In answering your bling thing, I was changing the subject to the EXTERNAL (case) locations - where bling would have a context.

Anyways, thank you for your opinion and sorry I sounded confrontational - not my intentions at all.

Jim
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Last edited by goldgunner; 09-01-2005 at 02:01 PM..
Old 09-01-2005, 01:58 PM
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Hmmm, if bling were the only factor, I think I'd be paying 1/4 the price and getting zinc...
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Old 09-01-2005, 08:11 PM
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Be careful if you Cad plate 911 hood and trunk lid hardware. The collar or plunger that retains the large spring is made of pot metal, and when it's put in the acid bath, it disintegrates without leaving a trace. You can't buy that part separately from Porsche -- or anywhere. I lost four of them when I did a batch of plating recently. I suppose you could have some made, but it would be a big pain. Be sure to hold those parts back in your shop...
Old 09-06-2005, 05:38 PM
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Quote:
Originally posted by Rob 930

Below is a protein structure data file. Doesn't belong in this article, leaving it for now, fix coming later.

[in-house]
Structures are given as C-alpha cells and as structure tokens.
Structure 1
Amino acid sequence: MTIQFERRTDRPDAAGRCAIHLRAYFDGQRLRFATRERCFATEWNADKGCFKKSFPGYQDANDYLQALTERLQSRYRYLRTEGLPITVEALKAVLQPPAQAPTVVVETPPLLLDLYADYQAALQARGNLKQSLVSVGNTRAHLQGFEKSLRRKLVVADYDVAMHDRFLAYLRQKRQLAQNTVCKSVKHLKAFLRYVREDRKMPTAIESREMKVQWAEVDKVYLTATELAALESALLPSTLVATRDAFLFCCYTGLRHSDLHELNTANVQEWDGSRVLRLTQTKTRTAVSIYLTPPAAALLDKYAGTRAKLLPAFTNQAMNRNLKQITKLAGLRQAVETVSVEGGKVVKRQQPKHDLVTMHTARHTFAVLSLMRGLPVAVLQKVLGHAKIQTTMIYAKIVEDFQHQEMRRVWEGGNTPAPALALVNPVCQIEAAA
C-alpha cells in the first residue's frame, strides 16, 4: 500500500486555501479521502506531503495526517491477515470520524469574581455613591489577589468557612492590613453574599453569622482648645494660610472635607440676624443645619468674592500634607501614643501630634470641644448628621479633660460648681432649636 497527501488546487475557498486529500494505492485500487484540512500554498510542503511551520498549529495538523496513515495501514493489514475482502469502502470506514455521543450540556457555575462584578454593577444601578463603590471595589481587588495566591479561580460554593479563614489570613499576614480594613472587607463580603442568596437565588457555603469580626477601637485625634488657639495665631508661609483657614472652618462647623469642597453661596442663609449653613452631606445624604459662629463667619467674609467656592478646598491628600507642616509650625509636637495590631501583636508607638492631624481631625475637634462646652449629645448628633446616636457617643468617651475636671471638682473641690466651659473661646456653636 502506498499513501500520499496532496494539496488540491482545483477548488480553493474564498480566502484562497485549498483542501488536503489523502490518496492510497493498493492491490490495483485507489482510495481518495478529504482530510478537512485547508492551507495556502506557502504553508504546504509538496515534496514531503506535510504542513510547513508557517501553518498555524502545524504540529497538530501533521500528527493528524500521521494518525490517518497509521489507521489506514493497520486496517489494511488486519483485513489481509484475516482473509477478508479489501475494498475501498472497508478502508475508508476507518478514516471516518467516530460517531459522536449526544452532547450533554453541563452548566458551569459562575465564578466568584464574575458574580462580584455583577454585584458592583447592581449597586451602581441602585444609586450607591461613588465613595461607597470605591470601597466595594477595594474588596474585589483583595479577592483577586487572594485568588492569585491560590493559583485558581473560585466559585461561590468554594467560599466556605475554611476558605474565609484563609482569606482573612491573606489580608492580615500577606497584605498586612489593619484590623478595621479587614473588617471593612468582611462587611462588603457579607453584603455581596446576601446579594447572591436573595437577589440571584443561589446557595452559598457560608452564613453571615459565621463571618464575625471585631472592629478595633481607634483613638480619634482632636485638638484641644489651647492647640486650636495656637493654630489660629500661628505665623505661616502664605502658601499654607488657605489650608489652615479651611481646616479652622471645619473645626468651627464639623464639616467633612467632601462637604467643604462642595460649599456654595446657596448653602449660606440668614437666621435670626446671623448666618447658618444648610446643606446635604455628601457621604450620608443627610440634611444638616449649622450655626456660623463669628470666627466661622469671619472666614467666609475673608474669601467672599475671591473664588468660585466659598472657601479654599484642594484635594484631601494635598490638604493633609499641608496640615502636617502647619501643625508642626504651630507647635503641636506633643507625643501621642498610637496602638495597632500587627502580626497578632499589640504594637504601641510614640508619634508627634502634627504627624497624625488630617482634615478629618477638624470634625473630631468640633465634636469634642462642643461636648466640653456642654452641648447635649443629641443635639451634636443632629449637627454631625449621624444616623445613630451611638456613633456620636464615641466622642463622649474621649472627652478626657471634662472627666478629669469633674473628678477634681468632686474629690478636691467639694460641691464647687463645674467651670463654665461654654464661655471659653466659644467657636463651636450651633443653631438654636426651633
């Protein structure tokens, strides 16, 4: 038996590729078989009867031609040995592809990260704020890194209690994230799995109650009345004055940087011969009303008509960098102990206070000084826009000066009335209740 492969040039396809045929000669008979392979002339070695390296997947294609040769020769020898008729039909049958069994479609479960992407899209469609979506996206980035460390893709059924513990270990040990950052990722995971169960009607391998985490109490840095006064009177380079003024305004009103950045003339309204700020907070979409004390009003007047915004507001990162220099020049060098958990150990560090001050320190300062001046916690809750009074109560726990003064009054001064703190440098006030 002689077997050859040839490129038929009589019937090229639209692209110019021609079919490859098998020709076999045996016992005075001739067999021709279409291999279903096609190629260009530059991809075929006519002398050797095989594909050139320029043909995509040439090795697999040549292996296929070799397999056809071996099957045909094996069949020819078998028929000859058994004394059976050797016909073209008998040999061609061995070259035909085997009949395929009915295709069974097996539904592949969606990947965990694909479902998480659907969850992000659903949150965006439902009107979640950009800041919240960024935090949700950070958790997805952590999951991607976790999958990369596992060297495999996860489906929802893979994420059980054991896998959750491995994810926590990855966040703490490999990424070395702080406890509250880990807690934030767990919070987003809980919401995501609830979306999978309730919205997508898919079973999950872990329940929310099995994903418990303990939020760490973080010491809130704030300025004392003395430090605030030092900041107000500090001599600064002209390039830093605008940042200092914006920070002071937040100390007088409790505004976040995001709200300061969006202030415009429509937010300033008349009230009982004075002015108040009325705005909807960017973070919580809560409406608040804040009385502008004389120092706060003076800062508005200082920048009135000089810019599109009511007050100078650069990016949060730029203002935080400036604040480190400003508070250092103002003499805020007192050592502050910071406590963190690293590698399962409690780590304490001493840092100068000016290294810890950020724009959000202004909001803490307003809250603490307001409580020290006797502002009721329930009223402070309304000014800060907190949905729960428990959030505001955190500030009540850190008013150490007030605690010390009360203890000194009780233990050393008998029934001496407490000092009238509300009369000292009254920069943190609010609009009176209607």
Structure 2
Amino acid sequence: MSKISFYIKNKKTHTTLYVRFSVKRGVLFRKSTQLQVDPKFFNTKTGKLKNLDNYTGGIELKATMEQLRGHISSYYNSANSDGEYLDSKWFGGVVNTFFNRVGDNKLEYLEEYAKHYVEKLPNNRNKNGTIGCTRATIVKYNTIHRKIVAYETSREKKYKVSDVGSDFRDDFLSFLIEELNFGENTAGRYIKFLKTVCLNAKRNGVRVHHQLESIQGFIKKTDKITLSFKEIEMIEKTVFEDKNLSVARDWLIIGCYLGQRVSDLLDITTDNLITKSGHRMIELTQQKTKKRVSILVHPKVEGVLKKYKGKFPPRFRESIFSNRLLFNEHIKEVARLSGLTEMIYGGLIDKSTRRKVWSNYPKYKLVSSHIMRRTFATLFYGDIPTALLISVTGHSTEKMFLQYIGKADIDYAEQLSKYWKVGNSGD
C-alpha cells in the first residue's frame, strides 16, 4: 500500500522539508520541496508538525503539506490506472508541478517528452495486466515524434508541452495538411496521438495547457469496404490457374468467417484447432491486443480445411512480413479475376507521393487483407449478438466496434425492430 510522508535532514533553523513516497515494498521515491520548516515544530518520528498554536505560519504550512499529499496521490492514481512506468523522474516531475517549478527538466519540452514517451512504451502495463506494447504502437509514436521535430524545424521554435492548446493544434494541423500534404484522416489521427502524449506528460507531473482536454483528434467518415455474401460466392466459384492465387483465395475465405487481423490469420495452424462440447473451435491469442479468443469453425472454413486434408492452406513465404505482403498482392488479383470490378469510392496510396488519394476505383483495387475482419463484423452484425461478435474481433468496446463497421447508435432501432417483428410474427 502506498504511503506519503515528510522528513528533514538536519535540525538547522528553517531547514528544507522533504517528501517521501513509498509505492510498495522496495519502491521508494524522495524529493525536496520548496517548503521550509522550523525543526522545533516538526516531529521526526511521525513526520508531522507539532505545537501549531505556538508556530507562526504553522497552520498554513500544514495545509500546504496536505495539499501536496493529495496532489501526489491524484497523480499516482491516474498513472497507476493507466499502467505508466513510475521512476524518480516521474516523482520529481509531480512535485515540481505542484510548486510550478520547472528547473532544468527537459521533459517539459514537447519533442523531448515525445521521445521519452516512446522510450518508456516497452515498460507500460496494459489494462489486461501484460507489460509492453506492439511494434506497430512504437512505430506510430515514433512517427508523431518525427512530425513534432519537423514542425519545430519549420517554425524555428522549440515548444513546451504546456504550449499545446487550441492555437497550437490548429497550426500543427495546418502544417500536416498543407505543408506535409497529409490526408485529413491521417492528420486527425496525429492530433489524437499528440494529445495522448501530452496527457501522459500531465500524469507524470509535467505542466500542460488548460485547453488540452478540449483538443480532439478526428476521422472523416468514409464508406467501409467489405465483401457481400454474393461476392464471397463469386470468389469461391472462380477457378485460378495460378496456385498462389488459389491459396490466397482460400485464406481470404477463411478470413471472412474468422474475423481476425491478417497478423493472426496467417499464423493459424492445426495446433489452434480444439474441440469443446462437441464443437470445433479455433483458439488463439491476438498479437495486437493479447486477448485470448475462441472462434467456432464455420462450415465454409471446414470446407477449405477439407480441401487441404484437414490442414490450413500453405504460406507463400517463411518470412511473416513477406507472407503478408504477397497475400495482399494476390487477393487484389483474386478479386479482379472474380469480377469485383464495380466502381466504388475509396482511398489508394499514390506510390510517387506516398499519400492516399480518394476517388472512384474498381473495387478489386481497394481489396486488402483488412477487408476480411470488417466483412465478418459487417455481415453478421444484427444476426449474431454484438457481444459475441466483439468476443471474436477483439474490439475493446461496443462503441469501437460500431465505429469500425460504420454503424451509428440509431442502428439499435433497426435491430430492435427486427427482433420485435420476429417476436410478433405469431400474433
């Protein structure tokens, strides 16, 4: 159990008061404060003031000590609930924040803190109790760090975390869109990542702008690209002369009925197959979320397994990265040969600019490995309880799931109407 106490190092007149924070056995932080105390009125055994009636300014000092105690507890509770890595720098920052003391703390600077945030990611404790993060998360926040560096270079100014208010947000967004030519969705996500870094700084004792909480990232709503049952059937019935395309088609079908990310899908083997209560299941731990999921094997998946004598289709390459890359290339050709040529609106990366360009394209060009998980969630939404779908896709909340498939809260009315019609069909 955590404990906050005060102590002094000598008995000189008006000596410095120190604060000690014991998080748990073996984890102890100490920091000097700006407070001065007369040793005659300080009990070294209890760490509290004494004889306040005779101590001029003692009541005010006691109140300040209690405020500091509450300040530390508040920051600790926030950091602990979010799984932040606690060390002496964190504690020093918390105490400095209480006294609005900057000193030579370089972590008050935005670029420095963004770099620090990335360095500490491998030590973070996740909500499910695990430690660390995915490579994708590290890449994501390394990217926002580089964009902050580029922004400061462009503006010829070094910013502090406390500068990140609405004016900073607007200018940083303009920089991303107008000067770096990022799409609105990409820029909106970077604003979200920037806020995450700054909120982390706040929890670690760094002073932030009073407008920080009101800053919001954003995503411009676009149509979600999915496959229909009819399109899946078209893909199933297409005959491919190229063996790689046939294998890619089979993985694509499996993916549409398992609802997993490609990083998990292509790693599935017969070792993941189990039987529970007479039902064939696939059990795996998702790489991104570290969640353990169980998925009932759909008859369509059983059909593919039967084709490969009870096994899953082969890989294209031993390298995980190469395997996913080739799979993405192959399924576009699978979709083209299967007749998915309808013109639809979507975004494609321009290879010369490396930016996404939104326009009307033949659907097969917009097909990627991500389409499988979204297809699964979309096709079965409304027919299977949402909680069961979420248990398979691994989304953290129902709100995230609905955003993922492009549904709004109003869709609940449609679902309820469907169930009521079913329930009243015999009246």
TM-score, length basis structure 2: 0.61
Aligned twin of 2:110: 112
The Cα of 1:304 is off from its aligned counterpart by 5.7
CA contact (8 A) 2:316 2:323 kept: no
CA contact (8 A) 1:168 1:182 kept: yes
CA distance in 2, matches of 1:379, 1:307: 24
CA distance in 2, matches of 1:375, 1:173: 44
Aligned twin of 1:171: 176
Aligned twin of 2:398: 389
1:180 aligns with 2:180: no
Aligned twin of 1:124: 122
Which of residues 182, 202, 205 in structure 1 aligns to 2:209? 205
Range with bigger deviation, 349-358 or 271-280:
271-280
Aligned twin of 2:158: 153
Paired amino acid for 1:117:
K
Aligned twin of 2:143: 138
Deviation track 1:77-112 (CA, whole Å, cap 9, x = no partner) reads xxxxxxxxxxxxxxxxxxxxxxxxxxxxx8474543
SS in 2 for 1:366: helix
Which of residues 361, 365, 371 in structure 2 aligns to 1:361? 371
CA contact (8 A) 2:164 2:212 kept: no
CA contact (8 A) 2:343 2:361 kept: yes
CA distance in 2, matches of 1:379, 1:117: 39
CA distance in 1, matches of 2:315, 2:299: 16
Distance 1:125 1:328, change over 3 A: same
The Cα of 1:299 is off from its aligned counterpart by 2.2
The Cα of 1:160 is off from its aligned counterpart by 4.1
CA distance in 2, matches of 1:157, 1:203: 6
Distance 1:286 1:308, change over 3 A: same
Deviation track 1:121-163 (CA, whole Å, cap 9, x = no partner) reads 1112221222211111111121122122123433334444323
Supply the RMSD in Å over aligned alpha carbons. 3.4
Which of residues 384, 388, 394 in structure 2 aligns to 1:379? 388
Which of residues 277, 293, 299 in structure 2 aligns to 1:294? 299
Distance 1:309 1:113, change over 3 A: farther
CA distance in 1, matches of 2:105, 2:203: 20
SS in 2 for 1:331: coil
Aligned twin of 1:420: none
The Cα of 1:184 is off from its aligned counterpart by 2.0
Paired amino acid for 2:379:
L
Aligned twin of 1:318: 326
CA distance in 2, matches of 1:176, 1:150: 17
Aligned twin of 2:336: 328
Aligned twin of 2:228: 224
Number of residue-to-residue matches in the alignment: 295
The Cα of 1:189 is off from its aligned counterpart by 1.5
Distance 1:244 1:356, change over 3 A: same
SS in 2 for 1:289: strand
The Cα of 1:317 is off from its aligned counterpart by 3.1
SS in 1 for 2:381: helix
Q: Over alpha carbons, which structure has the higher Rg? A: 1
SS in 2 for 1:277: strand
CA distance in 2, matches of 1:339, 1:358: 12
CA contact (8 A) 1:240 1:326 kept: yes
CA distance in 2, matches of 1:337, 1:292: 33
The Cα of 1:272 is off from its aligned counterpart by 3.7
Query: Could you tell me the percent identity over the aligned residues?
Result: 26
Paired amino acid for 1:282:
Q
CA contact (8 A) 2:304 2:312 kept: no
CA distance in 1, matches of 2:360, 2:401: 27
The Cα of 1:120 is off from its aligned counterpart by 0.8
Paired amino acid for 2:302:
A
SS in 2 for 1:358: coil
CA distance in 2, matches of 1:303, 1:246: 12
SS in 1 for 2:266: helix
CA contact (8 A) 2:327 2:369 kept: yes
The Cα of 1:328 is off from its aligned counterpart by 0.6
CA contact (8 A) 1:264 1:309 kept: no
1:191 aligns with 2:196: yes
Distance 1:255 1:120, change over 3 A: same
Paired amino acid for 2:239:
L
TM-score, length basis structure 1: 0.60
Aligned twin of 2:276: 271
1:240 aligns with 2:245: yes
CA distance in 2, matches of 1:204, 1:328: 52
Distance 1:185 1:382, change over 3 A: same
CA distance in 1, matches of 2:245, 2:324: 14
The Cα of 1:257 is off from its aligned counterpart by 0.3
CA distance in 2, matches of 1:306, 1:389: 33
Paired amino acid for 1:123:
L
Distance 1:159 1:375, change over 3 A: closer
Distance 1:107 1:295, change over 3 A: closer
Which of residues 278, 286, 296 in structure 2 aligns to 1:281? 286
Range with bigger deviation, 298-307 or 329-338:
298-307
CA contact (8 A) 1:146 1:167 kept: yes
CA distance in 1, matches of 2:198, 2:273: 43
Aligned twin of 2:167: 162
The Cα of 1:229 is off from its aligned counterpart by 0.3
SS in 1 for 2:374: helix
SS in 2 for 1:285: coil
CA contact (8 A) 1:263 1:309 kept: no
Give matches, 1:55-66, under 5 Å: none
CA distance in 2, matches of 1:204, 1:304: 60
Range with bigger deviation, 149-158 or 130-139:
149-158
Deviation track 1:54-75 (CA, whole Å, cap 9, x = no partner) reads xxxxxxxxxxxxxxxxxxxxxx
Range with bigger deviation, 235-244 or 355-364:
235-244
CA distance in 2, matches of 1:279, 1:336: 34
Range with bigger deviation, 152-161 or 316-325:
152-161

Be sure to hold those parts back in your shop...
As well as any AL MFI linkage. I made that mistake.

Back to baking. Only cad requires heating, or both cad and zinc? I know the guy who did my cad did not heat the parts and some suspension bolt broke while I was reinstalling them. I read here about the heating and threw the stuff away. Next batch I did the zinc. Not too many bolts that hold anything important in that batch, but what about heating yellow zinc?
Old 09-08-2005, 07:43 PM
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Baking

Baking applies to both zinc and cadmium plating.
Actually applies to any plating 'bath' where there are free hydrogen ions.

Typically baking applies to alloy steel with a hardness of Rc37 or harder and ferritic stainless steels (eg 17-4PH). Grade 8 and Class 12.9 fasteners are of this level hardness. Grade 2, Class 8.8 and Class 10.9 are not - but it doesn't hurt to bake and be sure.

Typical specifications require a 4 hour minimum bake at 350 degrees F within 1 hour following plating.

Fasteners and components that are 'high reliability' - like flight safety items - require a 24 hour bake cycle.

All post plate baking is to minimize the potential for hydrogen embrittlement - baking the hydrogen out before intergrannular embrittlement occurs on a crystalline level that would create a weak point for material failure to occur.

Note that the key operative word is 'minimize'. Despite close adherence to the complete baking regimen hydrogen embrittlement and potential failure can still occur. Sometimes the bear wins...

Additionally, some specifications call for a pre-plate 'stress relief' bake. This is in high strength materials to 'relax' crystalline areas stressed in the component formation / machining that are thought to be more susceptible to post-plate hydrogen embrittlement.
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Old 09-09-2005, 04:03 AM
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Old 09-09-2005, 07:17 PM
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Wow, I almost understood that! I love seeing the knowledge on this board.
Old 09-09-2005, 07:49 PM